There’s a Better Way than Using Sex to Empower Women, Hollywood

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Reclaiming your sexuality.

It seems that ever since the #MeToo movement took flight on Twitter in 2017, we’ve been hearing this phrase everywhere. But what does it mean? For most, reclaiming sexuality is part of the recovery process for victims of sexual trauma or sexual assault. It can help victims feel comfortable in their own skin again, it can help them develop healthy relationships, and it can even give them a sense of empowerment so that the next time someone tries to take advantage of them, they don’t feel as helpless or hopeless as they might have felt before.

However, it seems our culture has skewed this concept and even taken it to unhealthy levels.

Take Miley Cyrus for example. In a recent interview with Elle magazine, the former Disney star opened up about how her episode of Black Mirror (wherein she played a pop star imprisoned—figuratively and, later, literally, by her own success) “mirrored” her own dark experience with misogyny in Hollywood. I won’t bother going into the details of Miley’s past (you can read more about that here), but Cyrus’ latest attempt to take control rather than be controlled is through embracing her sexuality. But Cyrus—savvy businesswoman that she is—surely knows she’s using it to sell records, too. And even if her primary purpose is to reclaim control, she risks (and, at least in the eyes of some men, becomes) exactly what she’s trying to avoid becoming: an object.

According to her, she’s “never performing for men” in her music videos or stage performances, but the extreme sexual content of her shows doesn’t feel healthy for women either. On her latest EP, SHE IS COMING, Cyrus graphically refers to sex in multiple songs. Plugged In’s Kristin Smith even described one track as “downright pornographic,” stating that the details were too explicit to discuss.

Cyrus isn’t alone in this venture either. According to Total Film, Jennifer Lawrence took a similar stance on controlling how her body is portrayed when making Red Sparrow. She had to strip in front of a camera and a room full of cast and crew members, but she says that it helped her to recover from when nude photos of her were leaked online. “It was never my choice for the world to see my naked body,” she said. “I didn’t get to make that decision. In doing this film, in doing this for my art… I really felt, I still feel, empowered. I feel like I took something back that was taken from me.”

Unfortunately, it seems that Hollywood’s approach to “empowering women” and “reclaiming sexuality” involves making sex scenes more graphic than ever before. Shows such as Euphoria and Harlots are thriving because of this. The former has already been renewed for a second season, according to CNN. And the latter’s creator, Moira Buffini, praised her show in an interview with The Daily Beast for having female writers, directors, and producers and for never letting the camera “linger on anyone’s body for an aesthetic.” While that is somewhat encouraging, it doesn’t change the fact that the show still features as much sex as it would if a man had written and directed it. The only real difference is that the creators are primarily female. Same product, different branding.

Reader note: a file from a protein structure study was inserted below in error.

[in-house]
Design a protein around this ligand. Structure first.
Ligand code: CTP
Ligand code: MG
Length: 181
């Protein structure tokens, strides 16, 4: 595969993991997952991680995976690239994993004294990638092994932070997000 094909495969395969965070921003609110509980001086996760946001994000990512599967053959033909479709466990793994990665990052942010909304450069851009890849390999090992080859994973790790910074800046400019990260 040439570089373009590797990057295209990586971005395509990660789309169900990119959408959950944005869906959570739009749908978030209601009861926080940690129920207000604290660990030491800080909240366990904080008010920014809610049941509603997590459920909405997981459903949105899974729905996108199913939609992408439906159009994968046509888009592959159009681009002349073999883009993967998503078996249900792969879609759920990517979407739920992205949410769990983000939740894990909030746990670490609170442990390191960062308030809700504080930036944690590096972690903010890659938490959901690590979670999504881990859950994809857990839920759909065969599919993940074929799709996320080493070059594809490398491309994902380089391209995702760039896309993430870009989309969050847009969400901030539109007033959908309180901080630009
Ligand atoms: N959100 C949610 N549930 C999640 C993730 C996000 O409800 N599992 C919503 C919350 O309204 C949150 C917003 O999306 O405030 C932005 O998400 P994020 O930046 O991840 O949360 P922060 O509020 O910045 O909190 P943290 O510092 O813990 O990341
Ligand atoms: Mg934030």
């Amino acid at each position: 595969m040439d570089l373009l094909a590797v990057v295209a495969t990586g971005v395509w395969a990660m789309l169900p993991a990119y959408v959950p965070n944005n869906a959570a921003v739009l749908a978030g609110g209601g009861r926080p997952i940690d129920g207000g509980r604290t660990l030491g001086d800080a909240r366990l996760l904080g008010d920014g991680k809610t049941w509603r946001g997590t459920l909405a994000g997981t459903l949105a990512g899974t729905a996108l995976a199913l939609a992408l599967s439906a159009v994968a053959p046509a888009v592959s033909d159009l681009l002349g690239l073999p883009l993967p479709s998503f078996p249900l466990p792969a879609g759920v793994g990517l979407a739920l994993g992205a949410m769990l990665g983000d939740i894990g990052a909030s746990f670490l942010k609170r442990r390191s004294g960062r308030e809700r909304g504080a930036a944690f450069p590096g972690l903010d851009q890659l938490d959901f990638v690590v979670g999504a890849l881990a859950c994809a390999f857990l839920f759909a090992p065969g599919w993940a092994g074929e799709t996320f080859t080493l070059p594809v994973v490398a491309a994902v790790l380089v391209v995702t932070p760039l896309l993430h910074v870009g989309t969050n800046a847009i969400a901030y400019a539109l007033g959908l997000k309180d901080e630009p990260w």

And then there’s the latest season of 13 Reasons Why. The third episode explores the journey of character Jessica Davis (portrayed by actress Alisha Boe) as she finally starts to recover from her rape in the first season. After talking with a friend about how difficult sex has been, her friend recommends masturbation as a technique to discover herself in a new way. This is portrayed in a scene that at first focuses on how uncomfortable Jessica truly is with her body, but then quickly turns into a montage of sex scenes where she is in “control” of what happens. Setting aside the fact that these are high school students being portrayed, the entire episode felt like an excuse to raise as many eyebrows as possible. It seems to ask, “How far can we go in the name of female empowerment?”

Although the film and music industries seem to believe that  the way for women to reclaim their sexual identity is through… well, more sex… there is another approach to female empowerment: removing sex from the equation. In Captain Marvel, lead heroine Carol Danvers (played by Brie Larson) doesn’t have a romantic relationship. Instead, the movie focuses on Danvers’ journey of self-discovery, which is largely influenced by her platonic friendship with fellow Air Force pilot Monica Rambeau (Lashana Lynch). “When we walk down the street, we see two girlfriends just chatting away and supporting each other and having each other’s backs,” Lynch says. “Why don’t we see that in cinema?”

Indeed, why not? Lynch will portray another empowered woman in the upcoming 25th Bond movie, where she has been cast as the new 007 agent. And no, she isn’t playing Bond. She’s replacing him. The somewhat misogynistic character of Bond will still be portrayed by Daniel Craig. He’ll even try to seduce Lynch’s character, but unlike previous “Bond girls”—now officially addressed as “Bond women”—Lynch’s character has no interest in him. The franchise aims to grow by giving women the option to say, “No,” to his advances. Frankly, Lynch’s attitude is refreshing, and I sincerely hope that women like Miley Cyrus, Jennifer Lawrence, Moira Buffini, and even the fictional Jessica Davis realize they have that same option. Perhaps it will even influence Hollywood as a whole.

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